Citation: Bucheton A, Busseau I, Teninges D. 2002. I Elements in Drosophila melanogaster, p 796-812. In Craig N, Craigie R, Gellert M, Lambowitz A (ed), Mobile DNA II. ASM Press, Washington, DC. doi: 10.1128/9781555817954.ch33
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Figure 4

Ability to repress I factor activity in "reconstructed" R stocks devoid of transposed I elements obtained in the progeny of RSF females. (A) Experimental scheme. RSF females were backcrossed to R males, and female and male progeny having the complete genotype of an R strain and devoid of transposed copies of the I factor were selected to establish the reconstructed R stocks. I factor activity was estimated by crossing at each generation females of the stocks to I males and determining the hatching percentages of the eggs laid by their daughters (SF females). I and R represent half genomes from an I or an R strain, respectively. (B) Ability over generations of the females of the reconstructed R stocks to repress I factor activity. This ability is high during the first generations (high fertility of their SF daughters) and decreases progressively generation after generation (low fertility of the SF daughters). The frequency of transposition of I factors is higher in more sterile SF females ( ). Data are from reference .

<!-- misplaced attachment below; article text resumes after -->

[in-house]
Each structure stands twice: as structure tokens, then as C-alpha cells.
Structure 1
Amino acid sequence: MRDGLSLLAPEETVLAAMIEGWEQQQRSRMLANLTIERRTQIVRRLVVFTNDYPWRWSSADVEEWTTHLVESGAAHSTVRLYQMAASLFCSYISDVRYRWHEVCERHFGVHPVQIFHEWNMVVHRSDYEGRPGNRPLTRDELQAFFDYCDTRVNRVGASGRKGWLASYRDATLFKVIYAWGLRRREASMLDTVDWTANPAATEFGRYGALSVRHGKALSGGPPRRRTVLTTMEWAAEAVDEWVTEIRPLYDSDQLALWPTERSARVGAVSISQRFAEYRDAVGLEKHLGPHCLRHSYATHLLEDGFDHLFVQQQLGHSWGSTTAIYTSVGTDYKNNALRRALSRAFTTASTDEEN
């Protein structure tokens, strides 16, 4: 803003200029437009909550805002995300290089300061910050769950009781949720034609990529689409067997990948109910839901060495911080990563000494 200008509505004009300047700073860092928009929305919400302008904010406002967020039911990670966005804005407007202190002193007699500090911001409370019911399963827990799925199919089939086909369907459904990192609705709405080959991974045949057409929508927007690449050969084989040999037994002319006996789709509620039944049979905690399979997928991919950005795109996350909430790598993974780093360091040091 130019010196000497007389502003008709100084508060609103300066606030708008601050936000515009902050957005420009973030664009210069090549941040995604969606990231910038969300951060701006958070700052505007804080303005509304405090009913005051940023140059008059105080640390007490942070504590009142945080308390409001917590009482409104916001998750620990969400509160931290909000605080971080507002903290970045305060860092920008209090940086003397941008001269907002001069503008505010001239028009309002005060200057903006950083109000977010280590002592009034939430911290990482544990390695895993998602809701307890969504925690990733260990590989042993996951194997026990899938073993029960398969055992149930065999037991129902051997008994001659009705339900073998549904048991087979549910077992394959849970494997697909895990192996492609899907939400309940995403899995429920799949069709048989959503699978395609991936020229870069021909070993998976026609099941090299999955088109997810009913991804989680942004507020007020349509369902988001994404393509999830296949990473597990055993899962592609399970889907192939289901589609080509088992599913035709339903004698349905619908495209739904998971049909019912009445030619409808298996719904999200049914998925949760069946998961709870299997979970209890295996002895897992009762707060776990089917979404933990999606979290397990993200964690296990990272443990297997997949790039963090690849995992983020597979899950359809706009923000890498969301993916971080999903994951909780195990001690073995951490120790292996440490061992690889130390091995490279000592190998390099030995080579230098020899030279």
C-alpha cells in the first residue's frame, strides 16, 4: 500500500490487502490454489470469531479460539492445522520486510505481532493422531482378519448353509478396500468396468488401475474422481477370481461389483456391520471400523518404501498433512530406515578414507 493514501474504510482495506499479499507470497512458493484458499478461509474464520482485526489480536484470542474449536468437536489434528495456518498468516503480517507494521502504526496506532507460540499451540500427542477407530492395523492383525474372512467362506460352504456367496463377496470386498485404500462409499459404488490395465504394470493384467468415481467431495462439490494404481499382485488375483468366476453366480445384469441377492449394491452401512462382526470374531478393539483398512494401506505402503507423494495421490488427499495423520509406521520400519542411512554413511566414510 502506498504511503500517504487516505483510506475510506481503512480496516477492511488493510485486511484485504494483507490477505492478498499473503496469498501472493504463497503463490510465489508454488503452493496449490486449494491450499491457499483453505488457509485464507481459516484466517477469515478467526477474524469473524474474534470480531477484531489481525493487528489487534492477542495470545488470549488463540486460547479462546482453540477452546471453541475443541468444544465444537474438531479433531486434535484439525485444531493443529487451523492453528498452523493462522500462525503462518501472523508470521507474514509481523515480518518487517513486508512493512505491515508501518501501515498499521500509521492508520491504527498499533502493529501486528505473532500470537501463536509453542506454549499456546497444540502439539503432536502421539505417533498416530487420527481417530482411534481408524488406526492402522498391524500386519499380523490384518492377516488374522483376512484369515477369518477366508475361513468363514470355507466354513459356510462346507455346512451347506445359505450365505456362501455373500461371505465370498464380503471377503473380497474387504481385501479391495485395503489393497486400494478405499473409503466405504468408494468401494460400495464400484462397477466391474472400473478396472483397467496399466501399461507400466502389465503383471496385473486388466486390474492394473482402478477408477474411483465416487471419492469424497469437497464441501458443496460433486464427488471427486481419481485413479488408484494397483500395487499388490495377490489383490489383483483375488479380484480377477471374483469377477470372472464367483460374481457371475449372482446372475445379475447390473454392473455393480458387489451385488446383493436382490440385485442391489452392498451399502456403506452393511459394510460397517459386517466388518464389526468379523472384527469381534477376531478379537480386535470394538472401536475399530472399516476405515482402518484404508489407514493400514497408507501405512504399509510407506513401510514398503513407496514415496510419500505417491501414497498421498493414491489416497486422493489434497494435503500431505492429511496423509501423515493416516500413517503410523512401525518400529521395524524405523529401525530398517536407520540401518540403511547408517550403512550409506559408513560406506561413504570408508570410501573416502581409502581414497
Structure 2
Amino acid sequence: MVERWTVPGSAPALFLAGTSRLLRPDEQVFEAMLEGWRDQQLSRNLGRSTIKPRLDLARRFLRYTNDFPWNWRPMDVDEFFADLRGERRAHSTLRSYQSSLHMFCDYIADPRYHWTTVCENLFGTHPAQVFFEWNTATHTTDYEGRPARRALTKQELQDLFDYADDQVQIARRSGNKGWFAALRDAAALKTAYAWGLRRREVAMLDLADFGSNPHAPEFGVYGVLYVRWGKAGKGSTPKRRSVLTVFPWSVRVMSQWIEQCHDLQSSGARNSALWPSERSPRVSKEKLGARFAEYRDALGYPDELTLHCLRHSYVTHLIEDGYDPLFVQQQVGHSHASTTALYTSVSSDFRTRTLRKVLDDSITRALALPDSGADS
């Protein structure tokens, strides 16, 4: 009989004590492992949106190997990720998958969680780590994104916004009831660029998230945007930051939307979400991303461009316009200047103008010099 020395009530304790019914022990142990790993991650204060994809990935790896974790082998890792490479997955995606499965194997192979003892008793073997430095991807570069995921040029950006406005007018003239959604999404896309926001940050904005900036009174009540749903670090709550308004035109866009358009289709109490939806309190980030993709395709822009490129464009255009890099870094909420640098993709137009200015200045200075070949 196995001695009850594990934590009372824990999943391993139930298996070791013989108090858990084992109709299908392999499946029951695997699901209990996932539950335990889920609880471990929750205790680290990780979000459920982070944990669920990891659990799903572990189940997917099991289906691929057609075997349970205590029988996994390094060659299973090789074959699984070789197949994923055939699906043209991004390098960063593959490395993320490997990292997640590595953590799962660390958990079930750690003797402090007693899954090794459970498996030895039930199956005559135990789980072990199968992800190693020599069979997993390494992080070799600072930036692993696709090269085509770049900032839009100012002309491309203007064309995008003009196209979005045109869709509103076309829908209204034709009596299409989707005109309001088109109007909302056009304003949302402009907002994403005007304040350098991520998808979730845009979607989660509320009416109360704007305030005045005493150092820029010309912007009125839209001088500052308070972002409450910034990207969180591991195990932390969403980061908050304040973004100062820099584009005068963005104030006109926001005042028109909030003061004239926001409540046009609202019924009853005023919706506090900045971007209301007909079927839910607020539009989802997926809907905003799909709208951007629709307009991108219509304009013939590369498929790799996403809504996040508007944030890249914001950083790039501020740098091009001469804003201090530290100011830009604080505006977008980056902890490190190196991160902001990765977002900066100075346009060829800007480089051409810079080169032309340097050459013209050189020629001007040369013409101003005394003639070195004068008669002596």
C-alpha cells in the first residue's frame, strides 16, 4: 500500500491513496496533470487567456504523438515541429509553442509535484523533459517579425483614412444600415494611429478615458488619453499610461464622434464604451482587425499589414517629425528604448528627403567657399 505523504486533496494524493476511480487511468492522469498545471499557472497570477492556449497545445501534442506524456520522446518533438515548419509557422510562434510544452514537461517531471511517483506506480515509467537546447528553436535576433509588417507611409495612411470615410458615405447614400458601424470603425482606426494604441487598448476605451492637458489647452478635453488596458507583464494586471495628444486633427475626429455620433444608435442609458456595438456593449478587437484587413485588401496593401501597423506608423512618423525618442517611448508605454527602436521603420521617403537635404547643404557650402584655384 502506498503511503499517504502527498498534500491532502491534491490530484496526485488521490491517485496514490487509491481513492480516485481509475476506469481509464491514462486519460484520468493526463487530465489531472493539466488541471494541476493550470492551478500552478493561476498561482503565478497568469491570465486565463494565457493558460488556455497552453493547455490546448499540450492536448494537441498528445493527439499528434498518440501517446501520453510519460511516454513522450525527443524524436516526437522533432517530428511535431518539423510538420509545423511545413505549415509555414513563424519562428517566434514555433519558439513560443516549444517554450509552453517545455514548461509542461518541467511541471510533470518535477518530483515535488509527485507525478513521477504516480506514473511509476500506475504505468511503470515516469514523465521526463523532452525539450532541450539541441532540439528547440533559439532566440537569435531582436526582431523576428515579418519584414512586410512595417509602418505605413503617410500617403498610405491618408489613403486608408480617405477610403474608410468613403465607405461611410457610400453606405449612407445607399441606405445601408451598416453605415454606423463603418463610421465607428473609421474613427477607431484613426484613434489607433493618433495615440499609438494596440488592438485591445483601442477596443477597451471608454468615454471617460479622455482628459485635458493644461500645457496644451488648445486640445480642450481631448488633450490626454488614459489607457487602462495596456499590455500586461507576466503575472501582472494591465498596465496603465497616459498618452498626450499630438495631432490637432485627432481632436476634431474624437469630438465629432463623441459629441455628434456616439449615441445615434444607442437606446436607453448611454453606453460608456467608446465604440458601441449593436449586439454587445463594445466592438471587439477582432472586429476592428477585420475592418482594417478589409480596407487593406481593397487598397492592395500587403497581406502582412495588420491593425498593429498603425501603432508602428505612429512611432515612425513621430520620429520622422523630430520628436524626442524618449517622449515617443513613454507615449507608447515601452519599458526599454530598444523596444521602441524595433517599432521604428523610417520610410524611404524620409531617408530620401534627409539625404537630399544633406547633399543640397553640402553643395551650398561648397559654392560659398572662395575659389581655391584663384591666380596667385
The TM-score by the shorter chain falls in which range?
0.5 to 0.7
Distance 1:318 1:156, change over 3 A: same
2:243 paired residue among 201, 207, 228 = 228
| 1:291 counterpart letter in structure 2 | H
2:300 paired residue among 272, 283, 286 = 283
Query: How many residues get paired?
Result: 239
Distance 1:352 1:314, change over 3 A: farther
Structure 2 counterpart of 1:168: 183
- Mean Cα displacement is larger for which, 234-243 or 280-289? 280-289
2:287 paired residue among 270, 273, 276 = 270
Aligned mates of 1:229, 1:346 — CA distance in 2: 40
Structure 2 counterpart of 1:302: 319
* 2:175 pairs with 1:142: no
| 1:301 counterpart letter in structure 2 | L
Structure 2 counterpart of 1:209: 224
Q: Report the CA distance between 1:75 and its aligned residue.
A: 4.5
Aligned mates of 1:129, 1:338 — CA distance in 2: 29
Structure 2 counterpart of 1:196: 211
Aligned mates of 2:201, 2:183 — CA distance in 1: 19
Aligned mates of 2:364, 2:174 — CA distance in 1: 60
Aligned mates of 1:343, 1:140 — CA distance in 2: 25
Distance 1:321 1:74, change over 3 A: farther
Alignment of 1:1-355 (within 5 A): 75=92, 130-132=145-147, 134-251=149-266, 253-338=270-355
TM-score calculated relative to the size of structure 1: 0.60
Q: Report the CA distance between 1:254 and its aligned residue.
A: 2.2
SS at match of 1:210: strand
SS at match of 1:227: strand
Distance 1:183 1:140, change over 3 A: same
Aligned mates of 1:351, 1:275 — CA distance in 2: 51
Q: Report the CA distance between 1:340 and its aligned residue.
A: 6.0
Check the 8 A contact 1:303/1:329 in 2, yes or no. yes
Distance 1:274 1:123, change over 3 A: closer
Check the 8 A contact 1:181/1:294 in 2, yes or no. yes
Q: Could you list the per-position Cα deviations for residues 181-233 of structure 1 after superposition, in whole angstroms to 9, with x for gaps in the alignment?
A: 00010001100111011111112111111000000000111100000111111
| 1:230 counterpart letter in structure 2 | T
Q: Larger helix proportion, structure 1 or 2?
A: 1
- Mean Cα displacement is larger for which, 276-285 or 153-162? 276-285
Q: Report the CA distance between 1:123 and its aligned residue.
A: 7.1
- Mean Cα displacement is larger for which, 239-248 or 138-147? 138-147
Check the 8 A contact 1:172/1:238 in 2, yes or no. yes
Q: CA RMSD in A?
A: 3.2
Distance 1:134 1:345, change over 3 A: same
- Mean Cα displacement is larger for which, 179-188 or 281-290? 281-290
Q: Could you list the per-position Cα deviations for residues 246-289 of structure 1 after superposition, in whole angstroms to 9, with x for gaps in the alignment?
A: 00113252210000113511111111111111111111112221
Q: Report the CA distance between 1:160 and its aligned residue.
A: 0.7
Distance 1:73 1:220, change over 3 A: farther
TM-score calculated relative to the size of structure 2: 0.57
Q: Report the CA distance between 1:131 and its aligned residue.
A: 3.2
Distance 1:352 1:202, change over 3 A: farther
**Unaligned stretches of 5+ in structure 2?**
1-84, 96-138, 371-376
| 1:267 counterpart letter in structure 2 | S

Citation: Bucheton A, Busseau I, Teninges D. 2002. I Elements in Drosophila melanogaster, p 796-812. In Craig N, Craigie R, Gellert M, Lambowitz A (ed), Mobile DNA II. ASM Press, Washington, DC. doi: 10.1128/9781555817954.ch33
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Figure 5

Modifications of reactivity over generations induced by aging. A strongly reactive strain was maintained by producing each generation from either young-laying females (Y) or old-laying females (O). The reactivity level was determined at various generations by measuring the hatching percentages of the eggs laid by SF females obtained by crossing females of these stocks with I males. Reactivity remained strong in the Y stock but became progressively weaker generation after generation in the O stock. This change in reactivity is reversible as shown when young-laying females are used again (R1 and R2). The frequency of transposition of I factors is higher when SF females are derived from strongly reactive females than when derived from weakly reactive females ( ). Modified from reference with permission.

Citation: Bucheton A, Busseau I, Teninges D. 2002. I Elements in Drosophila melanogaster, p 796-812. In Craig N, Craigie R, Gellert M, Lambowitz A (ed), Mobile DNA II. ASM Press, Washington, DC. doi: 10.1128/9781555817954.ch33
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Image of Figure 5
Figure 5

Distribution of I elements in the eight species of the D. melanogaster subgroup. The phylogenetic relationships between the eight species of the subgroup are drawn according to reference 55. The number of plus signs indicates the intensity of the signals observed in Southern blot experiments (21).

Citation: Bucheton A, Busseau I, Teninges D. 2002. I Elements in Drosophila melanogaster, p 796-812. In Craig N, Craigie R, Gellert M, Lambowitz A (ed), Mobile DNA II. ASM Press, Washington, DC. doi: 10.1128/9781555817954.ch33